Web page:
Reproduction in flowering plants
All living things need to produce more of their own kind to replace ones that die.
Flowering plants reproduce by making seeds.
The seeds are made in the FLOWER of the plant
The structure of a flower
Sepals: Green leaves around the outside of the flower. Sepals are usually smaller than the petals,. Used to protect the flower while it is still in bud.
Stamens: This is where pollen is made
It is the male part of the flower.
The stamen has two parts: the filament (a thin stalk) and the anther which is where pollen is made
Carpel: The carpel is the green stalk in the middle of the flower.
It is the female part of the flower.
The carpel has three parts:
At the top is the stigma. This is where pollen has to land.
Below the stigma is the style and then the ovary which is where seeds are formed
Sexual reproduction in a flowering plant has FOUR main stages
Before a seed can grow into a new plant they have to be fertilized by pollen.
Pollen comes from another plant during a process called pollination.
Pollination and fertilization take place in the flower of the plant.
Life Cycle of a flowering Plant
The seeds have to be moved away from the parent plant to prevent overcrowding and if the conditions are correct the seeds will germinate and eventually grow into a new adult plant which will make more seeds. Thie complete process forms the life cycle of the plant.
- Pollination: This is when pollen lands on a new flower
- Fertilization: This is when the pollen and the seed meet
- Seed dispersal: This is when the seed is spread around, away from the plant that made it
- Germination: This is when the seed, having reached the ground, starts to grow into a new plant
It is usually carried by bees (or other small animals) but it can be carried by the wind.
The seed also contains a food store, usually starch.
The part of the flower surrounding the seed is known as the fruit.
After fertilization the petals and stamens wither and die. The ovary (which forms the fruit) swells up, sometimes considerably. (ie as in the apple)
The job of the fruit is to carry the seeds as far as possible from the parent plant so the new plants have room to grow and do not compete for resources such as light, water and nutrients in the soil.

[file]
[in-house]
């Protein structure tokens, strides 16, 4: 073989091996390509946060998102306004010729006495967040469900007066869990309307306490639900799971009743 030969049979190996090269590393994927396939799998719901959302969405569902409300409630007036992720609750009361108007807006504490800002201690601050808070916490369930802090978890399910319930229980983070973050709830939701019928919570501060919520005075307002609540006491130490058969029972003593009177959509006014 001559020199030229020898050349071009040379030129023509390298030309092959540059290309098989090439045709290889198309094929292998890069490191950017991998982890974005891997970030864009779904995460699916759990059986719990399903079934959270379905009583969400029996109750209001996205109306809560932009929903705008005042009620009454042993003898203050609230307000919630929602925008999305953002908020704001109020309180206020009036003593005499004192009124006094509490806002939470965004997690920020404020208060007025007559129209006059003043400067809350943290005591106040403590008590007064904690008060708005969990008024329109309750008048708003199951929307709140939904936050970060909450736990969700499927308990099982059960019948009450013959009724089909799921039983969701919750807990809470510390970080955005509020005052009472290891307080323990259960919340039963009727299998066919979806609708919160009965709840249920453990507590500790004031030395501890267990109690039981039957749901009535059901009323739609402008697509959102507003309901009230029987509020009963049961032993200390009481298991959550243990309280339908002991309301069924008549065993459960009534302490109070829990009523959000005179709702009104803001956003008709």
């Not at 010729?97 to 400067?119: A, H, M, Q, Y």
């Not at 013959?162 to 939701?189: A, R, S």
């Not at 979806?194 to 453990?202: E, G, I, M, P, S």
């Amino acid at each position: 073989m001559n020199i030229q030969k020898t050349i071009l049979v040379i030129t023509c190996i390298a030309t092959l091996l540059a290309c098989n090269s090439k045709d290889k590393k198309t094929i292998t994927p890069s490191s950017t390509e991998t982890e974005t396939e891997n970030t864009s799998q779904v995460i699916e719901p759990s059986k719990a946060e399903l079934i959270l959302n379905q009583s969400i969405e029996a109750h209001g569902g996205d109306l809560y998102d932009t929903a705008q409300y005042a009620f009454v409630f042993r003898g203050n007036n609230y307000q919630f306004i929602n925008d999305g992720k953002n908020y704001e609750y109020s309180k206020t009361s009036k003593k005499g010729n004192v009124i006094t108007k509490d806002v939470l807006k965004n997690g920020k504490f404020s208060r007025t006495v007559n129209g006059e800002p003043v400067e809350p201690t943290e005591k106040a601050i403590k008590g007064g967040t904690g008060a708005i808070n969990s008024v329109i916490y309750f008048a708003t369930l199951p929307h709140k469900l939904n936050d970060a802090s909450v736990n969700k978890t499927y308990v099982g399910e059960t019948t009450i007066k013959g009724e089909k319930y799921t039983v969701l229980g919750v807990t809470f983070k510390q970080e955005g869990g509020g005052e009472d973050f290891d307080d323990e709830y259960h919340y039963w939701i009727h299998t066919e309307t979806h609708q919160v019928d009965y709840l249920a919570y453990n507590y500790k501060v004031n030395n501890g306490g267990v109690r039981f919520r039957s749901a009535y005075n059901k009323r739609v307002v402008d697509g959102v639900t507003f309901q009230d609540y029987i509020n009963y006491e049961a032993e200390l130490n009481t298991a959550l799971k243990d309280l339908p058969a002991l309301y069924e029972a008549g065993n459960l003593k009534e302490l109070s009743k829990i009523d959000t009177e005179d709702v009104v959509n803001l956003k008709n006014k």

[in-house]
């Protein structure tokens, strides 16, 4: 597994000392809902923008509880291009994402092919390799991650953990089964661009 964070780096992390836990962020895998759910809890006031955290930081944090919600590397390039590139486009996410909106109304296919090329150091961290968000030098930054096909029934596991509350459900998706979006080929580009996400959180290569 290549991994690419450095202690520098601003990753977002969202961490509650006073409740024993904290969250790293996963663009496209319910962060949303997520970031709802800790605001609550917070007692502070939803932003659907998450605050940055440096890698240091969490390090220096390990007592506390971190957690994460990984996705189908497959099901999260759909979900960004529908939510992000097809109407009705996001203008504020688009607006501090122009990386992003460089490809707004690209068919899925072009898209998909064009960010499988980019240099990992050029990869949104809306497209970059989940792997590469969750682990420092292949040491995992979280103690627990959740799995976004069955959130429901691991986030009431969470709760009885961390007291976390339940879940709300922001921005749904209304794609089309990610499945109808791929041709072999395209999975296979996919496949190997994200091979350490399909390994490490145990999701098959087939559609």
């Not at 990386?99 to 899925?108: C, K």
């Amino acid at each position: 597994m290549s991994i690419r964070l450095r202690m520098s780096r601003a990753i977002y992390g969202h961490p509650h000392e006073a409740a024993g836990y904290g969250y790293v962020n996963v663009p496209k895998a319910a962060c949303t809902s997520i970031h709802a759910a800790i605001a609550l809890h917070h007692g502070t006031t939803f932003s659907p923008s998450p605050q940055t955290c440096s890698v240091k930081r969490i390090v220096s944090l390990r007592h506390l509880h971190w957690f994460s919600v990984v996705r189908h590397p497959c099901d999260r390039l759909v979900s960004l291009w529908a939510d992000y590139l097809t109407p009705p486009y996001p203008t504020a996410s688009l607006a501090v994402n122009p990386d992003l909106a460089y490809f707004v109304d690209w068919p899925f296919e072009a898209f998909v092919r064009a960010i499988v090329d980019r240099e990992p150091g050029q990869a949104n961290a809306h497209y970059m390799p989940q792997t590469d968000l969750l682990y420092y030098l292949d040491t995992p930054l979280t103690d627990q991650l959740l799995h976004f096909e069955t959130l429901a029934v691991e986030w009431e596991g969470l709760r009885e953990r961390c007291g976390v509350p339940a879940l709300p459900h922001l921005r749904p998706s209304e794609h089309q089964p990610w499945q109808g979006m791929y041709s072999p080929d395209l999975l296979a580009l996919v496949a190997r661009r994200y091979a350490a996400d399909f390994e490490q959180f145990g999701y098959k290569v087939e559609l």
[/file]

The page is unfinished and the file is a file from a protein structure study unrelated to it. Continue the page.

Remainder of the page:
This process is called seed dispersal.
A plant will disperse their seeds four main ways:
1. The fruit is eaten by animals such as birds but are not digested. The seeds pass out the animal along with its droppings eg cherry, blackberry. These fruits look and taste nice.
2. The fruit splits open. sometimes this happens with a lot of force and the seeds are shot out. eg beans. the pod is the fruit and the beans are the seeds.
3. The fruits have little hooks. these hooks stick to the fur of animals. eg burdock.
4. The fruits have wings or hairs and this lets them get carried by the wind,. eg sycamore trees have winged fruits.
Conditions needed for germination
The seed will not germinate untill it gets warm. As well as warmth the seed also needs oxygen and water to grow.
Without all three (Water, oxygen and warmth) the seed will not grow.
The germination period is time between planting and starting to germinate.
Experiment to show how warmth effects the germination period
Three small pots had damp cotton wool placed in the base, with three bean seeds placed on each piece of cotton wool.
The pots were placed at the following locations:
- A warm, brightly lit window-sill,
- a closed refrigerator
- a warm dark airing cupboard.
The seeds were inspected and watered every day.
The time taken to germinate was recorded in each case.
|Window-sill:||warmth, light and water|
|Warm, dark cupboard||warm, no light and water|
|Refrigerator:||cold, no light and water;|
The seeds in the refrigerator took the longest to germinate (8 days)
The seeds on the window-sill and the seeds in the cupboard germnated quickly (3days)
This shows that warmth is necessary for germination.
Note that the seeds in the dark cupboard DID start to grow. This shows us that light is not needed for germination